Today’s educators are well aware that students—like most people—feel unsure of themselves, especially in new situations. In a sea of highly competent peers, many students flail around wondering where they belong and even, if they belong.

To ward off these common fears and give students the best odds for success, many colleges now offer courses and seminars covering everything from understanding learning style to developing effective study habits to facing the future with confidence.

Fear of failure

In a recent New York Times opinion piece, “Conquering the Freshman Fear of Failure,” David L. Kirp a graduate school professor and senior fellow at the Learning Policy Institute, recalls lacking confidence while attendinng Amherst College. He says he didn’t discover until his college reunion that his peers had felt the same. “The good news is that this dismal script can be rewritten,” he says. “Several recent research projects show that, with the right nudge, students can acquire ways of thinking that helps them thrive.”

Building confidence

Cengage author Carol C. Kanar shares a similar story in her textbook The Confident Student, Eighth Edition. She says she struggled in her first year of college, and it wasn’t until a special teacher taught her how to study that she was able to do well and graduate with honors.

“When I was in college, there were no student success courses,” Kanar explains. “We were expected to know things like how to take notes, how to manage our time, and how to read a textbook. Unfortunately, many of us didn’t, and I was one of them.” Kanar calls The Confident Student the book she wishes someone had written for her back then. In it, she provides tips on everything students need to succeed, including how to prepare for tests, communicate confidently, manage stress and face the future.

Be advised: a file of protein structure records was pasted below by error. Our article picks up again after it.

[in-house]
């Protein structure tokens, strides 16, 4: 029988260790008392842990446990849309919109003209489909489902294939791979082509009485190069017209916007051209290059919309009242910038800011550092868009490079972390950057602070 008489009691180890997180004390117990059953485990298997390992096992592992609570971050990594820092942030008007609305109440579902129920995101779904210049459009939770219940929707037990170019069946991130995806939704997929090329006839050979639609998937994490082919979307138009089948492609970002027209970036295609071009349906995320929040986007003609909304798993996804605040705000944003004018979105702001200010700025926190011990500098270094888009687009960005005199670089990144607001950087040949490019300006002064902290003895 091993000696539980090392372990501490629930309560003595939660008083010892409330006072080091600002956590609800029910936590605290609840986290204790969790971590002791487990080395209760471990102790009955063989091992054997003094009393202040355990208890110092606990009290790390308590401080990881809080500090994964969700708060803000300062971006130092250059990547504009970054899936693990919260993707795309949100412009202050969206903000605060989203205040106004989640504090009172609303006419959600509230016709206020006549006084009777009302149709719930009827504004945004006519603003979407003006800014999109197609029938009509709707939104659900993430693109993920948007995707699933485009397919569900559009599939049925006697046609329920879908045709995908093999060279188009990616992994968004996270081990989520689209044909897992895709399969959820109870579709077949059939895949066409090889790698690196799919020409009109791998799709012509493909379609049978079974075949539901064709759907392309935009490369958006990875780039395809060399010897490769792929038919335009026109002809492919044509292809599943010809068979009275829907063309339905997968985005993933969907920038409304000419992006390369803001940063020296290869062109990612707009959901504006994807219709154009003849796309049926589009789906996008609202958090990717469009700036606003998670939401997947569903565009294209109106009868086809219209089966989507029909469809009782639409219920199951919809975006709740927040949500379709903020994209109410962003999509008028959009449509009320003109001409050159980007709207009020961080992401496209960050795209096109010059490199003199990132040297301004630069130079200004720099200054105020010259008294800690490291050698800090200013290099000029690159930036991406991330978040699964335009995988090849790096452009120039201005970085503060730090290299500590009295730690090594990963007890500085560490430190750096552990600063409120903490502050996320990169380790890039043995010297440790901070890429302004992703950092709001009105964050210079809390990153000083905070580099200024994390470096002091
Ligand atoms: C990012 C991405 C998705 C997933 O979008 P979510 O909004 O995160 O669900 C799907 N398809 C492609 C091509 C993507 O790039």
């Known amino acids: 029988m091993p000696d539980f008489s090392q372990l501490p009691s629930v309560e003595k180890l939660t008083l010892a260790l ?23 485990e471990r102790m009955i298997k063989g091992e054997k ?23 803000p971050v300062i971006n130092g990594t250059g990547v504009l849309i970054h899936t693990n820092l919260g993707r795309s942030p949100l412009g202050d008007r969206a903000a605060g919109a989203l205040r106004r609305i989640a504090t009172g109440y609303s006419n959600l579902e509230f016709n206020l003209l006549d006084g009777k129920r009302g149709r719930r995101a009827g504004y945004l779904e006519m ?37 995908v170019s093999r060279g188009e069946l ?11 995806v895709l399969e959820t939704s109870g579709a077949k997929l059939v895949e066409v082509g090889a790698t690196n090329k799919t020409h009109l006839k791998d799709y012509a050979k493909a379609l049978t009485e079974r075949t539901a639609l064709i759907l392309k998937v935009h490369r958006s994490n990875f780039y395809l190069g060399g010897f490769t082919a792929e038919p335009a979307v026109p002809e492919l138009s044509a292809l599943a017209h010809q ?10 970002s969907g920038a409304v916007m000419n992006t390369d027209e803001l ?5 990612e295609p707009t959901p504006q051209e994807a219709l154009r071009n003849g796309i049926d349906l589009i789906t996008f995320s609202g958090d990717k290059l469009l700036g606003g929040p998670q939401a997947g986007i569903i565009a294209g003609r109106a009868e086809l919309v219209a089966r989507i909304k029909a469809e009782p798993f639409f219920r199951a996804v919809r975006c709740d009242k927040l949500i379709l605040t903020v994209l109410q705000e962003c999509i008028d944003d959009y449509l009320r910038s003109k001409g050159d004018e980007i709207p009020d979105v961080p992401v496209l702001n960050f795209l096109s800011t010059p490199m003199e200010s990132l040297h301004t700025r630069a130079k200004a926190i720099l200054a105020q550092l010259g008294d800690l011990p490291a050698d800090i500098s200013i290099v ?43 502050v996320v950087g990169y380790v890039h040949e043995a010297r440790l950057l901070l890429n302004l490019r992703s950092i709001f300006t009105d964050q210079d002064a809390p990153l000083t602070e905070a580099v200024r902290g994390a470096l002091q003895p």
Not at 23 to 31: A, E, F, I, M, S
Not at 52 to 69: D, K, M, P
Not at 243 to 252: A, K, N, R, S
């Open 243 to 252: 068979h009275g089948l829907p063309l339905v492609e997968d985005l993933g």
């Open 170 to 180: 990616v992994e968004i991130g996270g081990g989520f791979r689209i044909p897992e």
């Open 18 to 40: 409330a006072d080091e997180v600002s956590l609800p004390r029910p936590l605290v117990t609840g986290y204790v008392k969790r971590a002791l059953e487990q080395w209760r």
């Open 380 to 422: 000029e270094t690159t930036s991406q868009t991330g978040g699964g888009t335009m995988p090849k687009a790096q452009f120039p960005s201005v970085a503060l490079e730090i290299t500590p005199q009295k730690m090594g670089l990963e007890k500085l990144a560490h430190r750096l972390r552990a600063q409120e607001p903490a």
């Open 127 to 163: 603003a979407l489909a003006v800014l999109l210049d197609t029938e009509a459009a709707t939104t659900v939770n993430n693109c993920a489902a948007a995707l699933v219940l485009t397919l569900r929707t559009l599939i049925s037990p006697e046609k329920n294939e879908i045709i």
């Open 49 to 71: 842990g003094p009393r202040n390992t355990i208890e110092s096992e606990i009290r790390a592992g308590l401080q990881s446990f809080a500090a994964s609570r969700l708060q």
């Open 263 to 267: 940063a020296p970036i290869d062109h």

We’ve also published a number of blog posts for instructors looking to pave the way for their students:

Even after achieving success, it’s common to be plagued by self-doubt. A recent Huffington Post article, “5 Tricks to Overcome Imposter Syndrome,” describes “imposter syndrome,” which is a term coined by psychologists back in 1978. The entrepreneur interviewed in the article—who started her first company at age 20—provides some tips to help ward off that common feeling many people have that their success was only a lucky break instead of something that can be attributed to ability and hard work.

Reference: Kanar, Carol C. 2014. The Confident Student, Eighth Edition. Boston: Wadsworth, Cengage Learning.

How do you inspire confidence in your students? Share your ideas with us below!